ShareThis Page

Ski resorts are hoping for a return to winter

| Friday, Nov. 23, 2012, 8:57 p.m.
A bulldozer is used to clear snow from a parking area at Seven Springs Mountain Resort on October 30, 2012. 
Guy Wathen | Tribune-Review
A bulldozer is used to clear snow from a parking area at Seven Springs Mountain Resort on October 30, 2012. Guy Wathen | Tribune-Review

Snow was scarce last year across most of the country, Western Pennsylvania included.

So when Superstorm Sandy sat and dropped a foot of the white stuff on the Laurel Highlands last month, ski resort operators started snapping pictures to post to web sites and social networks.

Even if it wasn't enough to get people on the hill, photos of the slopes blanketed in snow at least got them thinking about it.

“People are just dying to get back out and ski so early snow definitely helps get everyone excited and at least puts us back on the radar,” said Laura Argenbright, marketing director at Hidden Valley.

With resorts either open or on the verge of opening across the country, the ski industry is hoping to rebound from one of the worst seasons in decades.

Temperatures were up and snowfall was down significantly nationwide in 2011-12, as were skier and snowboarder participation numbers and retail sales. According to research by the National Ski Areas Association, resort visits dropped from a record-high 60.54 million during a snowy 2010-11 season to 50.8 million last season, a 20-year low.

At Hidden Valley, recently-upgraded snowmaking equipment allowed them to experience a modest increase in visitors, but they had to work to get the word out.

“If you're sitting home with a brown back yard, you're not going to think about going out and skiing,” Argenbright said. “We had to keep hammering the message all winter long that you may not have snow, but we do.”

This year, resort operators are hoping forecasts for temperatures and snow closer to normal come to fruition.

“Of course, we're hoping for much more snow than average,” said Seven Springs spokeswoman Anna Weltz.

Weltz credits their snowmaking equipment and crew for the resort's ability to have the snow they did last year. Still, like most ski areas, they opened slightly behind schedule and closed slightly ahead of schedule.

Among the changes at the resort for the coming season, Weltz said, are further upgrades to their snowmaking and grooming equipment. They're also creating a seventh terrain park designed for children ages 4 to 7. Seven Springs' terrain parks and pipes have been rated No. 1 on the East Coast for four consecutive years by readers of TransWorld Snowboarding and SKI magaizines.

Hidden Valley also increased its snowmaking capabilities and made improvements to the Voyager trail on the North Summit, widening it to twice its original size and adding lights to provide an easier way down for beginners.

Both Seven Springs and Hidden Valley as well as WISP, in McHenry, Md., hope to open either the first week or weekend of December. Blue Knob, in Claysburg, Pa., has a tentative opening date of Dec. 14.

At Snowshoe, West Virginia, the 28 inches generated by Sandy coupled with a few smaller storms and temperatures cold enough to make snow allowed the resort to open on Wednesday, the earliest opening date in 15 years.

After a rough 2011-12, the out-of-the-way resort approximately four hours south of Pittsburgh is offering a guarantee to encourage people to make the drive. From December 15 through March 15, if Snowshoe doesn't have more skiable terrain open than any other mountain in West Virginia, Virginia, Maryland and North Carolina, the next day of skiing is free.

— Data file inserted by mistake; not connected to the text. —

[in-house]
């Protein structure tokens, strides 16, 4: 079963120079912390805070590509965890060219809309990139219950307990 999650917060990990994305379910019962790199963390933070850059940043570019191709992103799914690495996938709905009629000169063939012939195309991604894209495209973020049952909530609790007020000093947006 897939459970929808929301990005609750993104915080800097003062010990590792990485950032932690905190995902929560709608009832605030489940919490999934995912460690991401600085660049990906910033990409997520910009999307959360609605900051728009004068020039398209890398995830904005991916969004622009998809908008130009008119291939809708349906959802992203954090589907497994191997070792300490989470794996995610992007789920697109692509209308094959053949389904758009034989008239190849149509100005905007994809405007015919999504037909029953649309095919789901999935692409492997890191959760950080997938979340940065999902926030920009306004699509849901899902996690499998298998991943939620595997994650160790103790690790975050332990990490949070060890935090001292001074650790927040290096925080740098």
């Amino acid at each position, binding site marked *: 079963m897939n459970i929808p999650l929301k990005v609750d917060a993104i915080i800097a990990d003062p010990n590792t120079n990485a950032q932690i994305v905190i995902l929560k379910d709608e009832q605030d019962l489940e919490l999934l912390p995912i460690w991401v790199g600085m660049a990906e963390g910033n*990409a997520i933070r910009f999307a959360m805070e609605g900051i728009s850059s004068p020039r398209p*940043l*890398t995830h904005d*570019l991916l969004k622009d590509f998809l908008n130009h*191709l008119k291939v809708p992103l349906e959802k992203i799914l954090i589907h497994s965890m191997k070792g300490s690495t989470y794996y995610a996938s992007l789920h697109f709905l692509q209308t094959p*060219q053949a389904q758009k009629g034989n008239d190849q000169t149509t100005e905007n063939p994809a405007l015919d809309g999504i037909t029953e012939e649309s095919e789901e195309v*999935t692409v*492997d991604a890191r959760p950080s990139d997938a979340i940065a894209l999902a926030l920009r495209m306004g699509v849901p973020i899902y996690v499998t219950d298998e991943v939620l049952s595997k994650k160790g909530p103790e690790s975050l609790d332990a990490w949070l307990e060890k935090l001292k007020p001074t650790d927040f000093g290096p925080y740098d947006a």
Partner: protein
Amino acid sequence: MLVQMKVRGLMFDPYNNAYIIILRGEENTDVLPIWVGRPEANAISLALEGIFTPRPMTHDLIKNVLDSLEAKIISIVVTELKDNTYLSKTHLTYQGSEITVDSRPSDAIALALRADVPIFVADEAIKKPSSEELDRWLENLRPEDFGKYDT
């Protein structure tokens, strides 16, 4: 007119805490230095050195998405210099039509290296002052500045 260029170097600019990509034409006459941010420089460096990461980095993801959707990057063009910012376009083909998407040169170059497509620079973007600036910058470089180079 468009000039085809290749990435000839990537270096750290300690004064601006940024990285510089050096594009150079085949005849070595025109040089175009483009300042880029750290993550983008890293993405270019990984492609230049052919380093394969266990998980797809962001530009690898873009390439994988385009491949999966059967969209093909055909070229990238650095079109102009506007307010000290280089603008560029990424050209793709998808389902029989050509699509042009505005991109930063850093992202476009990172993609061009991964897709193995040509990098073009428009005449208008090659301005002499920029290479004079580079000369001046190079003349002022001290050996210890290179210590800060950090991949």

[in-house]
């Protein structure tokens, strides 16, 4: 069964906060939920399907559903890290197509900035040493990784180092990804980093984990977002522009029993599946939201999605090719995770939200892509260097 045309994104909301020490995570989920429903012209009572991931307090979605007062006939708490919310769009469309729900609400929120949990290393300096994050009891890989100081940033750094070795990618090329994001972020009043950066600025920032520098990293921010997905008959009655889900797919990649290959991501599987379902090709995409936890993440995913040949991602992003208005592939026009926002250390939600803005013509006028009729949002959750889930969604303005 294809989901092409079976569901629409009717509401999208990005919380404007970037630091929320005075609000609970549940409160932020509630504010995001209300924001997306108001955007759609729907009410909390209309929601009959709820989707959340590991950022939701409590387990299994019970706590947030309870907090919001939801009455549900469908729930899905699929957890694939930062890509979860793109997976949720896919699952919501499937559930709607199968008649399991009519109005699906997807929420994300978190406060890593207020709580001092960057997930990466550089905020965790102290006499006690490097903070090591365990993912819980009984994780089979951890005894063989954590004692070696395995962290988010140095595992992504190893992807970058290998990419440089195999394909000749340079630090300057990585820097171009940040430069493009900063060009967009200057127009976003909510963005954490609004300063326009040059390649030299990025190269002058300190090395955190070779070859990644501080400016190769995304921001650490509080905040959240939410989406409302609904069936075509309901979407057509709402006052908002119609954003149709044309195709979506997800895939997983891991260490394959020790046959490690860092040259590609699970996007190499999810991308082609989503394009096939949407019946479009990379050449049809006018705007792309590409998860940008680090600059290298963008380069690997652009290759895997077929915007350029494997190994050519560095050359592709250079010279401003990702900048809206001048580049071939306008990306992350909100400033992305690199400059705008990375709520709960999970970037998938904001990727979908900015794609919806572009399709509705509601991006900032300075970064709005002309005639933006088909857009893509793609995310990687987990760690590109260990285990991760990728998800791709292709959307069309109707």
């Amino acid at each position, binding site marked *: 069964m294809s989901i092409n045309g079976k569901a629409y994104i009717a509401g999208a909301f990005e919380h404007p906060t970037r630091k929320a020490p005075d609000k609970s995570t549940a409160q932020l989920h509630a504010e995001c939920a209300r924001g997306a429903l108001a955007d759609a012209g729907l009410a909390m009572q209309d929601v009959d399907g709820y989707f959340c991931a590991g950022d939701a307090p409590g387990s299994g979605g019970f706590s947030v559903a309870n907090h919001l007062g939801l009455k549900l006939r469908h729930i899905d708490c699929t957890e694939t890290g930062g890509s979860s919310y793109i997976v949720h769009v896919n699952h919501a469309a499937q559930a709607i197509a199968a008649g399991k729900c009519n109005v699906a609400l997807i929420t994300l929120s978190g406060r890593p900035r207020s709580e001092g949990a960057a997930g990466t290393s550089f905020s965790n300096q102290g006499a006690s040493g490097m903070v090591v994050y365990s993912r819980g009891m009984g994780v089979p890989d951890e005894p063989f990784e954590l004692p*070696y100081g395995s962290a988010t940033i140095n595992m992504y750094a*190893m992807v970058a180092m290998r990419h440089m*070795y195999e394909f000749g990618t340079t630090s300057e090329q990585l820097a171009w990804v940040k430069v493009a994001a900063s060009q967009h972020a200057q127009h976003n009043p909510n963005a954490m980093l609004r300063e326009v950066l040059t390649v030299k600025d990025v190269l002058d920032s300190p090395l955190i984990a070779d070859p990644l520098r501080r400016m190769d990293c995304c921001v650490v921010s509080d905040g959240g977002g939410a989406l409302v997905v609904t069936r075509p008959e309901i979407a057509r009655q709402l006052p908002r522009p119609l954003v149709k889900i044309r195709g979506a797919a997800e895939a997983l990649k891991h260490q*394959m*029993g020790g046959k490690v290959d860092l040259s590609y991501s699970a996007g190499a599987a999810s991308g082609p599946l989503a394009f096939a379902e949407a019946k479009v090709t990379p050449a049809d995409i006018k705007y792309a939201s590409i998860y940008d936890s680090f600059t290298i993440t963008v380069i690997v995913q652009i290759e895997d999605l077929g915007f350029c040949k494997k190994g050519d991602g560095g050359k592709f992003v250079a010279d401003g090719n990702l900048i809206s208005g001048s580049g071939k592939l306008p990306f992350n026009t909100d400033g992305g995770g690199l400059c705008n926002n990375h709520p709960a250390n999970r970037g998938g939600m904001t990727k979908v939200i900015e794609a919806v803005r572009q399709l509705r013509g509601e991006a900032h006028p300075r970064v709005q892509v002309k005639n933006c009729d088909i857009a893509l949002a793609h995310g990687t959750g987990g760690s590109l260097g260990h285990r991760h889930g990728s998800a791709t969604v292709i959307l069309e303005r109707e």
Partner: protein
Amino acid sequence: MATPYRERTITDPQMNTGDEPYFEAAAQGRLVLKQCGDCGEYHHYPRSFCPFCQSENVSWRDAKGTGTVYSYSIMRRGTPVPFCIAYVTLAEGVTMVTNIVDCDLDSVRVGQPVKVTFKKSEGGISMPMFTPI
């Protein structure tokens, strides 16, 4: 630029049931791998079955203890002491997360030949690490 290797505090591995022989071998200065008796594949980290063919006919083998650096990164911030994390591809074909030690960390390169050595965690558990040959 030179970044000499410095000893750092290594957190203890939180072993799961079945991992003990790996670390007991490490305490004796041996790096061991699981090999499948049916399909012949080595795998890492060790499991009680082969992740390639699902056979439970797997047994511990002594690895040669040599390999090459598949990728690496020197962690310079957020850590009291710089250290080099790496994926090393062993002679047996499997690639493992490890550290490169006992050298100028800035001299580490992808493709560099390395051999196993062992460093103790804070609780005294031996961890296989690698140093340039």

“We're confident we're going to have the best snow, and we wanted to show people that coming to Snowshoe is going to be worth their time,” said Krysty Ronchetti, public relations director for the resort.

Karen Price is a staff writer for Trib Total Media. She can be reached at 412-320-7980 or

TribLIVE commenting policy

You are solely responsible for your comments and by using you agree to our Terms of Service.

We moderate comments. Our goal is to provide substantive commentary for a general readership. By screening submissions, we provide a space where readers can share intelligent and informed commentary that enhances the quality of our news and information.

While most comments will be posted if they are on-topic and not abusive, moderating decisions are subjective. We will make them as carefully and consistently as we can. Because of the volume of reader comments, we cannot review individual moderation decisions with readers.

We value thoughtful comments representing a range of views that make their point quickly and politely. We make an effort to protect discussions from repeated comments either by the same reader or different readers

We follow the same standards for taste as the daily newspaper. A few things we won't tolerate: personal attacks, obscenity, vulgarity, profanity (including expletives and letters followed by dashes), commercial promotion, impersonations, incoherence, proselytizing and SHOUTING. Don't include URLs to Web sites.

We do not edit comments. They are either approved or deleted. We reserve the right to edit a comment that is quoted or excerpted in an article. In this case, we may fix spelling and punctuation.

We welcome strong opinions and criticism of our work, but we don't want comments to become bogged down with discussions of our policies and we will moderate accordingly.

We appreciate it when readers and people quoted in articles or blog posts point out errors of fact or emphasis and will investigate all assertions. But these suggestions should be sent via e-mail. To avoid distracting other readers, we won't publish comments that suggest a correction. Instead, corrections will be made in a blog post or in an article.